Reviewed by: Joseph W. Smith III
Seculosity: How Career, Parenting, Technology, Food, Politics, and Romance Became Our New Religion and What to Do about It, by David Zahl. Fortress, 2019. Hardcover, 250 pages, $18.69 (Amazon). Reviewed by OP elder Joseph W. Smith III.
“For an increasing amount of the population, to be alive in the twenty-first century is to wonder privately how much longer you can keep feeding the beast before you keel over” (6).
That’s author and podcaster David Zahl in his terrific new book, Seculosity. He’s talking about our society’s exhausting (and self-imposed) busyness—just one of many “new religions,” which, as the book shows, have replaced genuine spirituality in modern culture.
The widespread nature of this “secular spirituality” is indicated by Zahl’s subtitle: How Career, Parenting, Technology, Food, Politics, and Romance Became Our New Religion and What to Do about It. As the author puts it in his text, “The religious impulse is easier to rebrand than to extinguish” (xii).
In a series of pithy, insightful, and often convicting chapters, Zahl shows how contemporary Americans use such things as work, family, love life, and political affiliation to gain the sort of self-worth, inner peace, and freedom from guilt that were once the purview of traditional Christianity.
Yet he also shows that in the long run, these quasi-religions are actually much crueler taskmasters than the biblical gospel of free grace from a kindly Father who (unlike worldly pursuits) does not constantly require us to “measure up.”
“We may be sleeping in on Sunday mornings in greater numbers,” Zahl writes, “but we’ve never been more pious. Religious observance hasn’t faded apace ‘secularization’ so much as it has migrated—and we’ve got the anxiety to prove it” (xii).
Seculosity is especially hard-hitting in its examination of jobs, love, and politics. Zahl shows how success and failure are now automatically (and absurdly) linked to career—and how making romance the be-all and end-all has actually weakened lifelong marriage.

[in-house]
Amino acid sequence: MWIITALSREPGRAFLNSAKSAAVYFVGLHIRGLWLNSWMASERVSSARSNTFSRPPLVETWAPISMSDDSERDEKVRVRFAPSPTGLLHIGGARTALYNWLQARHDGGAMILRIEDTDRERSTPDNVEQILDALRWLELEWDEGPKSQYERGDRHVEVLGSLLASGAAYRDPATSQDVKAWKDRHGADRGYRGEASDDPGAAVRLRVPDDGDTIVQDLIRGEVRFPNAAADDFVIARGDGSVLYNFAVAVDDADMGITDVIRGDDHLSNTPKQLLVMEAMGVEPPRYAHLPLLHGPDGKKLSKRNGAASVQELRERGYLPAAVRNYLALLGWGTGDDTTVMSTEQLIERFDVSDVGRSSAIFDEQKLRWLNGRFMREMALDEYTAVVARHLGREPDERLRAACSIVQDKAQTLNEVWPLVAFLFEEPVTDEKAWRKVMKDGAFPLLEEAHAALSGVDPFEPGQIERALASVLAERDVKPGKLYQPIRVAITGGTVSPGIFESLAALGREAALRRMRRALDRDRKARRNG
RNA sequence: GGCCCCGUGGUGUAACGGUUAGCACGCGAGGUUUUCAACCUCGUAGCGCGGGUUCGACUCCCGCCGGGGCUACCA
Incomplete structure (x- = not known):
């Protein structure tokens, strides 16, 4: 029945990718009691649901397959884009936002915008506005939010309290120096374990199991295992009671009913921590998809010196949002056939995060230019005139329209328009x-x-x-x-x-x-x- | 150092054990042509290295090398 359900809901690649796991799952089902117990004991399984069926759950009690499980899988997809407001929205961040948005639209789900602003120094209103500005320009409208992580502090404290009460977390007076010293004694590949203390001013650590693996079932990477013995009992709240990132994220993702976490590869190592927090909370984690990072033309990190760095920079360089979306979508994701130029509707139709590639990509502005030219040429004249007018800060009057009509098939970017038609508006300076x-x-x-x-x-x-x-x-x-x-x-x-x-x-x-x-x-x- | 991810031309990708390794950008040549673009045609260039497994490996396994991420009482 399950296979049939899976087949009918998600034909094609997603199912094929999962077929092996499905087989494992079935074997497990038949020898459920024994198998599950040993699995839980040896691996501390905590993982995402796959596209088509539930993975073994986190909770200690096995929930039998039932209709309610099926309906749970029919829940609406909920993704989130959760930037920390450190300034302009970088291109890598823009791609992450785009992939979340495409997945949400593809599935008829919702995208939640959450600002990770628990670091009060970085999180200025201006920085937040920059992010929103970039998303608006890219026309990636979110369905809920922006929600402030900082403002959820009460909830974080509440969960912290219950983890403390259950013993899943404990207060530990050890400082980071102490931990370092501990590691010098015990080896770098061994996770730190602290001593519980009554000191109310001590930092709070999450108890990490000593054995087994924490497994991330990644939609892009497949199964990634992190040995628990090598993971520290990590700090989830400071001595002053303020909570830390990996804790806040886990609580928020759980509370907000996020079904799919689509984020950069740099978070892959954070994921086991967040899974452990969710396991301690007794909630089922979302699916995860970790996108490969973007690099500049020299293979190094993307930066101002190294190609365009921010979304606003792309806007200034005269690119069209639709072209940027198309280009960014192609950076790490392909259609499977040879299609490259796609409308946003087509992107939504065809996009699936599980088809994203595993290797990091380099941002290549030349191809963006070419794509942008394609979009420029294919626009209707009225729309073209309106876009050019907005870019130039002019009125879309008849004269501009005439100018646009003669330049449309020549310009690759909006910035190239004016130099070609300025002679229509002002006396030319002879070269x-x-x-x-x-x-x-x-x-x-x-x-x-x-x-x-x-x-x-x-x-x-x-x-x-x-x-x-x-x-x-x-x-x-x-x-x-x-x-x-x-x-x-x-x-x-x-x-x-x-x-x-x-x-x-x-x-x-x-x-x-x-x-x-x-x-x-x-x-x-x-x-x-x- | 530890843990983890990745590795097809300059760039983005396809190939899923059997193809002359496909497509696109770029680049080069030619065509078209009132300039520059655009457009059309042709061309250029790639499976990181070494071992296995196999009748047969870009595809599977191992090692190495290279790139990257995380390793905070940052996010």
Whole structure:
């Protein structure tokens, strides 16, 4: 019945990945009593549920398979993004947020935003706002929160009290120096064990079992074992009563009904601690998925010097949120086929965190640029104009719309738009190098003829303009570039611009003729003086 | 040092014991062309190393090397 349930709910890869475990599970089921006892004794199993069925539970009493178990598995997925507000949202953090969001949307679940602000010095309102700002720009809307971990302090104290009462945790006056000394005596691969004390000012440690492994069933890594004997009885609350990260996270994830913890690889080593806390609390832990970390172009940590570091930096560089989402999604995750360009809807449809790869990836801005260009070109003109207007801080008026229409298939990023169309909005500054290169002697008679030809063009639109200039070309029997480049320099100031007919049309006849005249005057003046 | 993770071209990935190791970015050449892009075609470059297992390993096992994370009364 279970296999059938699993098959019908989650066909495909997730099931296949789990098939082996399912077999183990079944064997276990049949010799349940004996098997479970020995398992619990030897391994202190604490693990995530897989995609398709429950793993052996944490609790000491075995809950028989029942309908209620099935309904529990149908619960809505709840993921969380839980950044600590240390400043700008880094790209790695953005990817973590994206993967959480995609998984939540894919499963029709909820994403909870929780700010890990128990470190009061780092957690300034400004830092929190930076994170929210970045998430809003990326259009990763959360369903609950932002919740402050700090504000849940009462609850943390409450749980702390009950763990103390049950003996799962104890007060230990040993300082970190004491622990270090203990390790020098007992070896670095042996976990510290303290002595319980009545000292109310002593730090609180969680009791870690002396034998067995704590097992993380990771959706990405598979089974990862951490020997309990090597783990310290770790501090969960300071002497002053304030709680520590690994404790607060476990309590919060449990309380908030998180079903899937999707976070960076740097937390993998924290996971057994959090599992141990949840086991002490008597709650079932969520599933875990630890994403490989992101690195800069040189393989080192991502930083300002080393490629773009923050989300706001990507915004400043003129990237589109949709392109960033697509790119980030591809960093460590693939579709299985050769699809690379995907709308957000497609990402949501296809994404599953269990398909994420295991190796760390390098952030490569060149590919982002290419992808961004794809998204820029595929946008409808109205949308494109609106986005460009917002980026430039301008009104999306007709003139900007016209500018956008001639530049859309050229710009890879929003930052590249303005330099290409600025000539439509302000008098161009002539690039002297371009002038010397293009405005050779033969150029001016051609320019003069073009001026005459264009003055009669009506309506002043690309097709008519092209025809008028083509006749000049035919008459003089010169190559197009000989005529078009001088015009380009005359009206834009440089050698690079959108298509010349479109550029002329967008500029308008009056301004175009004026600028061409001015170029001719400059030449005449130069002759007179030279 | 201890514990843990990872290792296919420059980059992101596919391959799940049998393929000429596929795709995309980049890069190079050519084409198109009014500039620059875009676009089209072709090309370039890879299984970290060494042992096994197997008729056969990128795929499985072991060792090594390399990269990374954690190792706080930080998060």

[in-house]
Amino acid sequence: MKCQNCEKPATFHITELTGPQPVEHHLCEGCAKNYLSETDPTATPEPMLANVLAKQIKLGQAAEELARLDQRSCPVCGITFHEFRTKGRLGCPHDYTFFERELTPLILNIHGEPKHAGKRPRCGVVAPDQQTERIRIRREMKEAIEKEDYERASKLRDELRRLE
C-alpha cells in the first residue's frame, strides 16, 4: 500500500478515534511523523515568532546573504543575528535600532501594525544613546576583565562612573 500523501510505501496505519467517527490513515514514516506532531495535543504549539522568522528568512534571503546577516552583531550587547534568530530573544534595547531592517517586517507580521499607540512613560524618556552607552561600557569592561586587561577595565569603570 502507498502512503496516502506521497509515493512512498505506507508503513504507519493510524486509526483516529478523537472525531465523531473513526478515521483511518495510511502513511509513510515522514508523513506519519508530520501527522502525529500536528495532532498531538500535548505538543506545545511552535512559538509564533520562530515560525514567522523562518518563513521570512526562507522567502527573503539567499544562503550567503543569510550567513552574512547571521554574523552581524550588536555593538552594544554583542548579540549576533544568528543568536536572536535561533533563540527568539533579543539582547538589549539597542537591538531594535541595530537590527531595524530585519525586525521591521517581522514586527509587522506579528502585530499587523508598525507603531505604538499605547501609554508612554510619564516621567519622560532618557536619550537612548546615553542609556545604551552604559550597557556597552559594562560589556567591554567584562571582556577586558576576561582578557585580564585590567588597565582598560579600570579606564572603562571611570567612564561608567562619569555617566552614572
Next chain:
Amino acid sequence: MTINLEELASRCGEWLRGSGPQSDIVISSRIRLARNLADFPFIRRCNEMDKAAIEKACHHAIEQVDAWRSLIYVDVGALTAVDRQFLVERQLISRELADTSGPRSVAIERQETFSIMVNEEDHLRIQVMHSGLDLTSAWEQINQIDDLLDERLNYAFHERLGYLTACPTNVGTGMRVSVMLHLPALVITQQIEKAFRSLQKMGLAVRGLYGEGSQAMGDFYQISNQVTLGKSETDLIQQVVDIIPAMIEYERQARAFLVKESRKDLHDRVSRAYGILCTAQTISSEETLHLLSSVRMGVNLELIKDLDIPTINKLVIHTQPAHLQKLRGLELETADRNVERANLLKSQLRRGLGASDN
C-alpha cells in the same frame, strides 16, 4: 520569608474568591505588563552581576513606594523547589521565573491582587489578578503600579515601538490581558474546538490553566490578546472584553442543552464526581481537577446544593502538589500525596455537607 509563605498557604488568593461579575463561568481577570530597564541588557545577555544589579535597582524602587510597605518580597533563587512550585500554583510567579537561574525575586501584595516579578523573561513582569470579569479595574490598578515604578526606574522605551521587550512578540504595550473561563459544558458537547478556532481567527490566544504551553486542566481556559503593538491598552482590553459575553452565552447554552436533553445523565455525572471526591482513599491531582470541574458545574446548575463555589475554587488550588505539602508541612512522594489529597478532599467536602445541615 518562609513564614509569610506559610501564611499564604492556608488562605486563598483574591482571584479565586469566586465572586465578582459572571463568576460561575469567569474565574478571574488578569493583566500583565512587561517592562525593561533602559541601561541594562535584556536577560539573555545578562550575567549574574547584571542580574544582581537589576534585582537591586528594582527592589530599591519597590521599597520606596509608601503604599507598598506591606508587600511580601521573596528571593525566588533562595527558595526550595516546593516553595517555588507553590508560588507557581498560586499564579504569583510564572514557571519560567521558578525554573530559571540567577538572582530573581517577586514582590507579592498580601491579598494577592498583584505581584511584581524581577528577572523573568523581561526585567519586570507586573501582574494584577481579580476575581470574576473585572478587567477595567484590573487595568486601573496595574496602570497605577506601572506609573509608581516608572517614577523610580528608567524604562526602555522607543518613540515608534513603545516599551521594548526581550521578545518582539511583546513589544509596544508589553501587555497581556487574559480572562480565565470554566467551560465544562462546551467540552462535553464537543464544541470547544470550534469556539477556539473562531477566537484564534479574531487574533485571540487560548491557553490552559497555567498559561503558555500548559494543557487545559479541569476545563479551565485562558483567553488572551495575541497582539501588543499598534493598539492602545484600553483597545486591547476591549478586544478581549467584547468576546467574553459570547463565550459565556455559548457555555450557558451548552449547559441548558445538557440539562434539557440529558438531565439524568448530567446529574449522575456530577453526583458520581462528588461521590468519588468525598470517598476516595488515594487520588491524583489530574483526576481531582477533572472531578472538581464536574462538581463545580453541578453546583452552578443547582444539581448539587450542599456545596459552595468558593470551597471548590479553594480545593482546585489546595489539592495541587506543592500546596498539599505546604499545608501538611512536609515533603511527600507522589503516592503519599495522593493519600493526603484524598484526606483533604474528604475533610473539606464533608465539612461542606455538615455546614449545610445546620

As for politics, Seculosity explains why this has become increasingly divisive and vitriolic: because we’ve staked our entire well-being on our own political stance, resulting in moral outrage, finger-pointing (by which we alleviate our own guilt by accusing others), and virtue signaling, as Zahl penetratingly dissects (148).
And yet the church itself is not free from these problems! Zahl’s penultimate chapter, “The Seculosity of Jesusland,” insists that we, also, inside the church have often replaced biblical dependence on Christ with a works-oriented mindset that results in one-upmanship, superficiality, and exhaustion. At the same time, he shows how both the church and the true gospel really do provide a refuge from the black hole of replacement religion.
Undergirding the whole book is a winsome, conversational, and often humorous writing style—one that is notably free from Evangelical jargon, while also drawing on a wide array of sources both secular and Christian.
This is a wise, helpful, and genuinely grace-driven book that can easily be shared with unbelieving friends and neighbors.
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